Children in courtyard near Ebla

Tuesday 30th November 1993, 10:00am - 4:30pm

We look out from the window of the coach as we drive from Palmyra to Homs. We appear to be driving through a desert. Here and there we see Bedouin tents and men out with flocks of sheep. The ground looks barren to my inexperienced eyes but the sheep are busy grazing. There must be enough to feed them, at least today. Maybe they move on tomorrow. I wonder what the shepherds are thinking about as they sit overlooking their sheep. I don't think I could cope with the boredom.

A pipeline, marked by orange posts, is running along side the road. The guide tells us it was the Iraq Petroleum Company  (Iraq National Oil Company after 1972 nationalisation) pipeline, crossing the country from the Iraq border through to the Mediterranean coast. He tells us that it hasn't been used since 1982 when when Syria sided with Iran during the Iran-Iraq war, a war which ended only a couple of years before Iraq invaded Kuwait and provoked the recent Gulf War.

As we travel closer to Homs the desert gradually gives way to more arable land. Once again we see that everywhere that can be cultivated is cultivated,  planted with olive and pistachio trees or ploughed ready for the next crop. Not a square centimetre wasted! The closer we get to Homs the more green it becomes; now almond and cypress trees are added into the mix. Apparently there is a gap in the mountains to the west through which moisture laden wind blows from the Mediterranean and consequently Homs has more rain than the surrounding areas.

We drive through Homs which appears to be a busy town. We don't stop and we don't see much but I get the impression our route is through a fairly affluent district. It certainly looks more affluent than the parts of Damascus we visited, but then we haven't yet seen much of either.  We need to be in Hama in time for lunch.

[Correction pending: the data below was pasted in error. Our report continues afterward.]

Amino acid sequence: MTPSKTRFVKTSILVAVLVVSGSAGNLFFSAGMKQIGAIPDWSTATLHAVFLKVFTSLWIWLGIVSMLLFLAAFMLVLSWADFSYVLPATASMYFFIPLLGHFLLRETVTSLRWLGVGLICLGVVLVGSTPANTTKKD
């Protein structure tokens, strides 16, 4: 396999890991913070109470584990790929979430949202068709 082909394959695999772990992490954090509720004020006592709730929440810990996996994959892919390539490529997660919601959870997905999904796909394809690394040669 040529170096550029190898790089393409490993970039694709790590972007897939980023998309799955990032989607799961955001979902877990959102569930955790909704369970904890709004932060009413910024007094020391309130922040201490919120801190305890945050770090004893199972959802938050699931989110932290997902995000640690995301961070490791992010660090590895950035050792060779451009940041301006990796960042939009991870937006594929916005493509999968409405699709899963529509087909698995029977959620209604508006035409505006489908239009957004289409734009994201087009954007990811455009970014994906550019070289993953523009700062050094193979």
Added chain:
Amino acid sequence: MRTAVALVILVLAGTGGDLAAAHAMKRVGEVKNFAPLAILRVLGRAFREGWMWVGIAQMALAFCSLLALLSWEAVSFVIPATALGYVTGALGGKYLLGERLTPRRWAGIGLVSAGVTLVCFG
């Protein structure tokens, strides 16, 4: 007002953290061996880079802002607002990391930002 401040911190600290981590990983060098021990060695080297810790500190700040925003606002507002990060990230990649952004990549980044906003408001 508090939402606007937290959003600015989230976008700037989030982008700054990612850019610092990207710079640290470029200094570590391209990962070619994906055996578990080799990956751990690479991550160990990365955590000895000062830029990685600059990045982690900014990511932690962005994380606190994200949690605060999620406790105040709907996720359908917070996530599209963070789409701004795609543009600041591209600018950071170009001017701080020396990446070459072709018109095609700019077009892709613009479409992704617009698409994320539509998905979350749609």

A short stop in Hama for lunch and a quick walk to see the many large wooden water wheels which used to lift the water from the river into the aqueducts leading to the irrigation systems. These days the wheels are for show, and electric or diesel powered pumps are used for feeding the irrigation systems.

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While we are admiring and photographing the water wheels our guide tells us a little about the recent history of Hama. In 1982 there was an uprising against the government and many buildings were destroyed and thousands of people killed as the rebellion was crushed.

I learned later that a crack down by the Syrian government on Muslim Brotherhood insurgents based in the city triggered the uprising. The city was under heavy bombardment for three weeks and in the hunt for members of the brotherhood government militia killed thousands of innocent citizens. By the time the uprising was over and government forces crushed the rebellion parts of the city, including many historic buildings, were destroyed and many tens of thousands of people were killed. As evidence of what took place emerged it was described as a massacre.

Back on the road heading north to Aleppo, the surrounding landscape is now of more fertile land. Dark clouds are gathering, it looks as though it could start raining any time. Strange to think that a few hours ago we were in the middle of a desert.